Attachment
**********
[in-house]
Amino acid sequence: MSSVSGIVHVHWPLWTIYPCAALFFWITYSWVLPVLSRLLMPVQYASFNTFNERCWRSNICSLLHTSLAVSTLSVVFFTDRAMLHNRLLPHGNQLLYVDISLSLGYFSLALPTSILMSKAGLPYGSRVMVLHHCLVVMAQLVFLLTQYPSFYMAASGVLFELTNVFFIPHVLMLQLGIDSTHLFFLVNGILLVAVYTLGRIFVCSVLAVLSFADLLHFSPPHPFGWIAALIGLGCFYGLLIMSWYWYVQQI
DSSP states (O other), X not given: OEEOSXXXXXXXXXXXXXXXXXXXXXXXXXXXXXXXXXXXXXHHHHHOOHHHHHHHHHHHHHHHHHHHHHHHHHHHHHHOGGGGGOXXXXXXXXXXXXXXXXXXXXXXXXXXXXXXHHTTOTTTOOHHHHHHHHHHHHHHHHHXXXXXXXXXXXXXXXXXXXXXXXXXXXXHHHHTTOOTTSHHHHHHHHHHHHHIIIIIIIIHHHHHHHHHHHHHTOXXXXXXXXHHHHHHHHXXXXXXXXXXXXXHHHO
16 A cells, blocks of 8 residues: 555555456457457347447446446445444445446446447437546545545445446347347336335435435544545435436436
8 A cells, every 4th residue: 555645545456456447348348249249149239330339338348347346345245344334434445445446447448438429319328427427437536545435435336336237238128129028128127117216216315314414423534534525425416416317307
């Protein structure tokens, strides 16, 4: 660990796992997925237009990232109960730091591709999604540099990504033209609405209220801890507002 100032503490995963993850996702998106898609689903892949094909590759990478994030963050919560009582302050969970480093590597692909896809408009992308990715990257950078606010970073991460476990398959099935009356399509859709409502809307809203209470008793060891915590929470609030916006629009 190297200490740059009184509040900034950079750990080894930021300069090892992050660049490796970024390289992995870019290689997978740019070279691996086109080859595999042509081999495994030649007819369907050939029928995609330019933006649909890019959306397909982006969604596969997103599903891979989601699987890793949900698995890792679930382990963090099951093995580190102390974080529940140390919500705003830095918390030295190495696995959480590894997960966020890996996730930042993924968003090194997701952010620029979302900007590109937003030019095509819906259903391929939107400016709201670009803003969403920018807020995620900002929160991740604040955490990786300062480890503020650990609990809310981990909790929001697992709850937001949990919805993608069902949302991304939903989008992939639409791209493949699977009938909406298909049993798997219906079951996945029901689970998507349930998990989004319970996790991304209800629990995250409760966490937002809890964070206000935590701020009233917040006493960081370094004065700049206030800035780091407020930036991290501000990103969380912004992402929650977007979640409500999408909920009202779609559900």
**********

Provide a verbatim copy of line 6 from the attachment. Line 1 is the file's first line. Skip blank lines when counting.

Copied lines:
């Protein structure tokens, strides 16, 4: 660990796992997925237009990232109960730091591709999604540099990504033209609405209220801890507002 100032503490995963993850996702998106898609689903892949094909590759990478994030963050919560009582302050969970480093590597692909896809408009992308990715990257950078606010970073991460476990398959099935009356399509859709409502809307809203209470008793060891915590929470609030916006629009 190297200490740059009184509040900034950079750990080894930021300069090892992050660049490796970024390289992995870019290689997978740019070279691996086109080859595999042509081999495994030649007819369907050939029928995609330019933006649909890019959306397909982006969604596969997103599903891979989601699987890793949900698995890792679930382990963090099951093995580190102390974080529940140390919500705003830095918390030295190495696995959480590894997960966020890996996730930042993924968003090194997701952010620029979302900007590109937003030019095509819906259903391929939107400016709201670009803003969403920018807020995620900002929160991740604040955490990786300062480890503020650990609990809310981990909790929001697992709850937001949990919805993608069902949302991304939903989008992939639409791209493949699977009938909406298909049993798997219906079951996945029901689970998507349930998990989004319970996790991304209800629990995250409760966490937002809890964070206000935590701020009233917040006493960081370094004065700049206030800035780091407020930036991290501000990103969380912004992402929650977007979640409500999408909920009202779609559900």